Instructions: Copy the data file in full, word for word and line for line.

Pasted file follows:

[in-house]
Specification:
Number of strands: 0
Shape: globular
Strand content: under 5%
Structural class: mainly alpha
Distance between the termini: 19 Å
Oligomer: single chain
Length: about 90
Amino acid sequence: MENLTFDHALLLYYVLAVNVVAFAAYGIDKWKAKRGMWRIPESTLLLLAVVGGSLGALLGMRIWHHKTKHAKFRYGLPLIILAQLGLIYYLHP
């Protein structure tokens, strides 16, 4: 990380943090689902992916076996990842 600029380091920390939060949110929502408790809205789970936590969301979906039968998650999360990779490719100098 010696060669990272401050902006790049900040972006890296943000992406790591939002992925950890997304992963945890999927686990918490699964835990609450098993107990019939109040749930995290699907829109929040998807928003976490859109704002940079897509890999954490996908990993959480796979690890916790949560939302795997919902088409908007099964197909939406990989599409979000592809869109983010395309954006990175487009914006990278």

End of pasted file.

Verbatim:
[in-house]
Specification:
Number of strands: 0
Shape: globular
Strand content: under 5%
Structural class: mainly alpha
Distance between the termini: 19 Å
Oligomer: single chain
Length: about 90
Amino acid sequence: MENLTFDHALLLYYVLAVNVVAFAAYGIDKWKAKRGMWRIPESTLLLLAVVGGSLGALLGMRIWHHKTKHAKFRYGLPLIILAQLGLIYYLHP
């Protein structure tokens, strides 16, 4: 990380943090689902992916076996990842 600029380091920390939060949110929502408790809205789970936590969301979906039968998650999360990779490719100098 010696060669990272401050902006790049900040972006890296943000992406790591939002992925950890997304992963945890999927686990918490699964835990609450098993107990019939109040749930995290699907829109929040998807928003976490859109704002940079897509890999954490996908990993959480796979690890916790949560939302795997919902088409908007099964197909939406990989599409979000592809869109983010395309954006990175487009914006990278």